Supreme Court says we need to examine demonetisation, Lakshman Rekha there

In announcing that they are aware of “Lakshman Rekha” concerning government policy, the Constituent Bench from the Supreme Court Wednesday said it will review the process followed and the way in which it demonetisation exercise of 2016 was executed before deciding if the matter is now purely academic.

The matter will be discussed on November 9.

Justice B V Nagarathna, one of the five judges on the Constitution Bench that heard several petitions challenging the demonetisation of the Rs 1,000 and 500 currency notes, declared, “The wisdom of the government is a factor in the issue, and we are aware of which part of the Lakshman Rekha stands. However, the way it’s carried out and the process could be scrutinized. For this, we must listen… any declaration, either way, is recorded for posterity, and the Bench of Constitution should decide either way or another.”

The remarks were made in the context of when the Centre made the claim that, in light of changes that followed and the advancement of time, the issue had turned into an academic matter.

Following a preliminary hearing the bench, presided over by Justice S Abdul Nazeer, and comprised of justices B R Gavai, A S Bopanna, and V Ramasubramanian. The bench asked to the Centre as well as the Reserve Bank of India to respond in response to petitions.

(In November, 2018 (In November 2018, Deccan Era reported that just four hours prior to the time that the Prime Minister declared demonetisation on November 8 2016. The Central Board of the RBI approved the plan, but it also denied, in writing, two of the most important arguments such as counterfeit notes and black money that he planned to announce in his address to the nation.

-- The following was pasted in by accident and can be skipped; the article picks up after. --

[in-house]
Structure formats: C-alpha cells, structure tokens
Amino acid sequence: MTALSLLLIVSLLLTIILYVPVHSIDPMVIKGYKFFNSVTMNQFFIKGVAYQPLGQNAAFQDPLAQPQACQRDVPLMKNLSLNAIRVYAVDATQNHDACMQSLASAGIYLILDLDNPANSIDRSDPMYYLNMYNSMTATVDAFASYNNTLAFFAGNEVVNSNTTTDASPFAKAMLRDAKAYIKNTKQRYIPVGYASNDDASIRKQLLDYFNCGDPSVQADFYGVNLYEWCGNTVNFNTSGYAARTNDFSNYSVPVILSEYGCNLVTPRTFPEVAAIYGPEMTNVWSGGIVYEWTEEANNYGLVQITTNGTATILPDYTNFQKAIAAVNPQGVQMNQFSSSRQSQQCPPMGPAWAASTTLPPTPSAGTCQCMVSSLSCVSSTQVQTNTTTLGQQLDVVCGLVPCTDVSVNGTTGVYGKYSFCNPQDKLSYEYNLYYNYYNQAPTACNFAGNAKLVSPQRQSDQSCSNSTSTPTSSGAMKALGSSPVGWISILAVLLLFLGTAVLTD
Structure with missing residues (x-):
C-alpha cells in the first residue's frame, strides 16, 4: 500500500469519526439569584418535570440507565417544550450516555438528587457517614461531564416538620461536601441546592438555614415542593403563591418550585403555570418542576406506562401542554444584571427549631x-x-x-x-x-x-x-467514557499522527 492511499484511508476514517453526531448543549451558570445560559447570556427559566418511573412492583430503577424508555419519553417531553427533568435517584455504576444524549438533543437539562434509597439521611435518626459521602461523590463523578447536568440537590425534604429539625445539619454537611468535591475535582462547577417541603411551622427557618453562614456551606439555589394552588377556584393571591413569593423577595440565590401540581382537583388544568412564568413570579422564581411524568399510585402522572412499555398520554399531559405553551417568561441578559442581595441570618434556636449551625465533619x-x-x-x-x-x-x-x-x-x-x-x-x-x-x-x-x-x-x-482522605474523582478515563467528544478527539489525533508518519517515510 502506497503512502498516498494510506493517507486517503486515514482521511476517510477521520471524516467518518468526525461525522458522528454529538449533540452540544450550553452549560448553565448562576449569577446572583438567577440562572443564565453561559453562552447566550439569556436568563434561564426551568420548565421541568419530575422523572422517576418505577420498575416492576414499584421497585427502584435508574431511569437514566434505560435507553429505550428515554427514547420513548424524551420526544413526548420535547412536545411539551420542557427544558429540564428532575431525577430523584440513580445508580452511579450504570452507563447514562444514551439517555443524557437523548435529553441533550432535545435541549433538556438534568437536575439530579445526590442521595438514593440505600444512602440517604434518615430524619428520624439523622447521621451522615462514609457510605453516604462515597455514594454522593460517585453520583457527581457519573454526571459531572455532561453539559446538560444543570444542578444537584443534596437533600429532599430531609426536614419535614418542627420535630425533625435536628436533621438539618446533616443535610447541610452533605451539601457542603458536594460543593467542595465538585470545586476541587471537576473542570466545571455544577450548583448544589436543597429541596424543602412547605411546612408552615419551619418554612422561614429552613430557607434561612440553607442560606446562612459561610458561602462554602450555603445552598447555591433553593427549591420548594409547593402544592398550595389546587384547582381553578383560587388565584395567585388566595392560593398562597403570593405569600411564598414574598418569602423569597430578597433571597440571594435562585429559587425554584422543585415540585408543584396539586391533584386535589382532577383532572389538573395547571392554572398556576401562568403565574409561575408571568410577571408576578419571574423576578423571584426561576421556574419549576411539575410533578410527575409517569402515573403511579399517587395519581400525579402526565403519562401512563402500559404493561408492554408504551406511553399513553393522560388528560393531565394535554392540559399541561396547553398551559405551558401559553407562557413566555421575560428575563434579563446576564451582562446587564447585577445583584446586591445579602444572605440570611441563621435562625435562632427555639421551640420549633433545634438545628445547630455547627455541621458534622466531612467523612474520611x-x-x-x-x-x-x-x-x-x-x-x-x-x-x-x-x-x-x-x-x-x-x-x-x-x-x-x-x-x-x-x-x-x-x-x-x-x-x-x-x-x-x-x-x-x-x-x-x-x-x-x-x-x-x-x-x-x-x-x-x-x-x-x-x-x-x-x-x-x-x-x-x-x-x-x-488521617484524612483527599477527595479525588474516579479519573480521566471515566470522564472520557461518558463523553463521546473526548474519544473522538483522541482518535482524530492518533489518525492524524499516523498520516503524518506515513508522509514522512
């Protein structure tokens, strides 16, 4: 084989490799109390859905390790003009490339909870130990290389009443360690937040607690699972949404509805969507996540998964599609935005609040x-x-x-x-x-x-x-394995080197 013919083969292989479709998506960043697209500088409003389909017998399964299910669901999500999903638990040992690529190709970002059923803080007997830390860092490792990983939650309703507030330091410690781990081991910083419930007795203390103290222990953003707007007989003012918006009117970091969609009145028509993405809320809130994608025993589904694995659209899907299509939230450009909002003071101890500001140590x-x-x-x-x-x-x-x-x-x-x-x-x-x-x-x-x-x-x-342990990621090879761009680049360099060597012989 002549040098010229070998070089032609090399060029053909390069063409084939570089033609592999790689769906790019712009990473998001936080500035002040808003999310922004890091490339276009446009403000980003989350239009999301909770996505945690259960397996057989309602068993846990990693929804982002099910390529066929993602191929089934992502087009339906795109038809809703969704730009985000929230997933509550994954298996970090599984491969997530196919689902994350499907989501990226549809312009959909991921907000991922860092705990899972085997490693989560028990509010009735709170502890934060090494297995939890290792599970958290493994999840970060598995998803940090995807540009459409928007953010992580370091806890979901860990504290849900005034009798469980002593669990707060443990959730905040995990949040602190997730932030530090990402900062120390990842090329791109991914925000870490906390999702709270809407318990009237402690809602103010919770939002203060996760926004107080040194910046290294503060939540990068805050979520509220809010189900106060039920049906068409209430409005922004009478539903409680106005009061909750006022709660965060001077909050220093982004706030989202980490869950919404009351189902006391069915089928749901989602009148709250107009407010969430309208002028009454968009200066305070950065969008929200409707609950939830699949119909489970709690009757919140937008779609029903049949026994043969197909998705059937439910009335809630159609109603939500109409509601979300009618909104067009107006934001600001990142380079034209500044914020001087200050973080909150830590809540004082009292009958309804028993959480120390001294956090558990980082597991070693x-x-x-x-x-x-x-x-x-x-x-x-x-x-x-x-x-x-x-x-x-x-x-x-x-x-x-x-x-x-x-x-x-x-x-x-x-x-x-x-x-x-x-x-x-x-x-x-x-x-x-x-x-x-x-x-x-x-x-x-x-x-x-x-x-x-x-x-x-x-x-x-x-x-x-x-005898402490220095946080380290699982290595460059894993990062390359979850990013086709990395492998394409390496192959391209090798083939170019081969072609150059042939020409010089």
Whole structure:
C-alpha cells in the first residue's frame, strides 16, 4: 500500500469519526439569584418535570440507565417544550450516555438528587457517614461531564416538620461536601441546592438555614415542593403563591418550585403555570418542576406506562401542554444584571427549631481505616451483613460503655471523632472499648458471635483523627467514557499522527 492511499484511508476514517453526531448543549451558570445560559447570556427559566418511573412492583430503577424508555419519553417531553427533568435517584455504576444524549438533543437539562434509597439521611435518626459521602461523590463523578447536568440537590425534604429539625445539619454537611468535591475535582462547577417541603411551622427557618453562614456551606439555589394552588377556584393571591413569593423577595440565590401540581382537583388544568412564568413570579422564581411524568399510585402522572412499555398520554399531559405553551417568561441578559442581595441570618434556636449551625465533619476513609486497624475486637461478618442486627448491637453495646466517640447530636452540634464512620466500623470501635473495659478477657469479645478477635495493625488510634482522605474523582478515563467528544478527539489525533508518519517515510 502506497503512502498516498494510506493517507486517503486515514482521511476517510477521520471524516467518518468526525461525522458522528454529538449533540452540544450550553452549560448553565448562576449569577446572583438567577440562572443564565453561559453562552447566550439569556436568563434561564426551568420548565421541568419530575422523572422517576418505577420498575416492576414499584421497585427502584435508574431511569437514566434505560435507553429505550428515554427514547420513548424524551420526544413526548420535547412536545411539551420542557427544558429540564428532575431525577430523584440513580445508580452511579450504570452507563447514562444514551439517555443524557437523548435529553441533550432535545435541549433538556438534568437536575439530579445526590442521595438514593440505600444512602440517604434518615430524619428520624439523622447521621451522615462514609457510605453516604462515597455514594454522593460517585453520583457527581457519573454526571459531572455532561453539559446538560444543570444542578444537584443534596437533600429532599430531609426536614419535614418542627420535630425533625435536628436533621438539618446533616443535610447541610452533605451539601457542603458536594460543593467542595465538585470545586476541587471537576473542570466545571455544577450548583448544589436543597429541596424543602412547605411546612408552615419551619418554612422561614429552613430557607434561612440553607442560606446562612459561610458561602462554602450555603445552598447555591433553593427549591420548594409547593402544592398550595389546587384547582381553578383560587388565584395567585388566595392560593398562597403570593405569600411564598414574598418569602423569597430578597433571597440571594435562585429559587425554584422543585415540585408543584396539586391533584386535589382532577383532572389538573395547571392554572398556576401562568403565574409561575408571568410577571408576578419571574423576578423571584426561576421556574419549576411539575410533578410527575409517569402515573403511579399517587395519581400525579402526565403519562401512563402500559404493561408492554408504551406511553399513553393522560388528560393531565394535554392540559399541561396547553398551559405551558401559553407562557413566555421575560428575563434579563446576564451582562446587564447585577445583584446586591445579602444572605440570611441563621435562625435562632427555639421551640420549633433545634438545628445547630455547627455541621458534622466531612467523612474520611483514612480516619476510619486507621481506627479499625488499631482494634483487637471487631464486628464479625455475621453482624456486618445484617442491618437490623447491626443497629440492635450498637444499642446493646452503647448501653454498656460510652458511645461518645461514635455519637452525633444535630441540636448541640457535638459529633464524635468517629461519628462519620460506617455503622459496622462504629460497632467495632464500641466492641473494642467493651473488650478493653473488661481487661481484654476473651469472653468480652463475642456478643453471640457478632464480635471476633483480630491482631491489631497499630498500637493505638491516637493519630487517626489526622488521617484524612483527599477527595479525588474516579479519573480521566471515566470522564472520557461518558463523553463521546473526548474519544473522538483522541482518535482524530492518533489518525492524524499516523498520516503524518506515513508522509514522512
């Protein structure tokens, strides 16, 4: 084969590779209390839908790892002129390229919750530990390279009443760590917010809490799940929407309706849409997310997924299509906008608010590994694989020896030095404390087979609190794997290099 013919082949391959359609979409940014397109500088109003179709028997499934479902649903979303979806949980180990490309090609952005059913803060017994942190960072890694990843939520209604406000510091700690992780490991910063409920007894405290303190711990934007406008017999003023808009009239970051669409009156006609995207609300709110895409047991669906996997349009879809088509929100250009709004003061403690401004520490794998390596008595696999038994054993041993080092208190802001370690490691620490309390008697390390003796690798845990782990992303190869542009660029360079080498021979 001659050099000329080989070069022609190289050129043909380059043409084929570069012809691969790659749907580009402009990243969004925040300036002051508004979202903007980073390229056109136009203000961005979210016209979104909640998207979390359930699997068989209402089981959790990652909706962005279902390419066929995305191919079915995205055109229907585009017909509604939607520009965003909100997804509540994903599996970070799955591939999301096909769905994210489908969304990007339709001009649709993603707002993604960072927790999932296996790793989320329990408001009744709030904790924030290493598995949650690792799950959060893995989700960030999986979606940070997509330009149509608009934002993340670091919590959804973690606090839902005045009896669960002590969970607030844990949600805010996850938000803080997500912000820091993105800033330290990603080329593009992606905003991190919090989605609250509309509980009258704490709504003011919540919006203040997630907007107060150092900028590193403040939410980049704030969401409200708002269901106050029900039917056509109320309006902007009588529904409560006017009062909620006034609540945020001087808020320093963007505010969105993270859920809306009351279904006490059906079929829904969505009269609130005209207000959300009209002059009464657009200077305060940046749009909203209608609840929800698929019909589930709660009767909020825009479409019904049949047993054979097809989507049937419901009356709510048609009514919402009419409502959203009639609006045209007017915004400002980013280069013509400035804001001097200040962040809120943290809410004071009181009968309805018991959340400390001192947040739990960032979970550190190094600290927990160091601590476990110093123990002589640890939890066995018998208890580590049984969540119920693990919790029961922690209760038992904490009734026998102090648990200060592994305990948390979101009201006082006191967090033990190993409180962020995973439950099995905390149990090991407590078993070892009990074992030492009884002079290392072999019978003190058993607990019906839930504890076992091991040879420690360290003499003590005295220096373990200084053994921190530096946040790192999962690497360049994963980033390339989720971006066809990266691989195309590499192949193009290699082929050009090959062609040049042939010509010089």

In the minutes from the 561st session of the RBI’s Central Board, which was held at the New Delhi at 5.30 pm on the day, revealed that central bank’s directors described this decision as “commendable” however they also cautioned that the demonetisation “will be a short-term negative impact on GDP growth for the year ahead”.

The RBI directors, following the receipt of the draft proposal for the plan from the Ministry of Finance on November 7, 2016, stated that the reasoning of the government, that the elimination of HD (high denomination) currency notes worth Rs 1,000 and Rs 500 will aid in reducing black money and stop the circulation of fake cash was not really a good idea.)

Attorney General R Venkataramani told the Bench that the problem cannot be dealt with in the abstract, but must be considered in the right context. “The challenges are academic, and have consequences for the politics,” he said.

Attorney General Tushar Mehta too said that the subject is academic and that the individual cases of hardship are able to be examined independently.

Senior lawyers Shyam Divan, and P Chidambaram, appearing for the petitioners, were against this , claiming that it involved matters that were of Constitutional significance.

Justice Nagarathna said “when issues that are of Constitutional significance are raised to the court, it is the responsibility for the court to address the questions” and wondered if this is now an act of denial in the current case.

Chidambaram explained that the issue regarding whether the federal government is able to apply the Reserve Bank of India Act 1934 to demonetize all money notes of a certain denomination is still a hot topic and if it’s not addressed, the government could revisit it in the near future, too.

The issue has to be analyzed in light of the principle of proportionality as well as 86% notes on currency were invalidated by the ruling.

Mehta claimed that it is the case that the Supreme Court has not applied the doctrine of proportionality in the test of economic policy. He said that the doctrine is in essence reserved to the executive and is dependent on factors such as terror funding.

The Bench has said that it can claim that the issue is academic only if both sides agree , but in this instance there is an argument and opposing argument.

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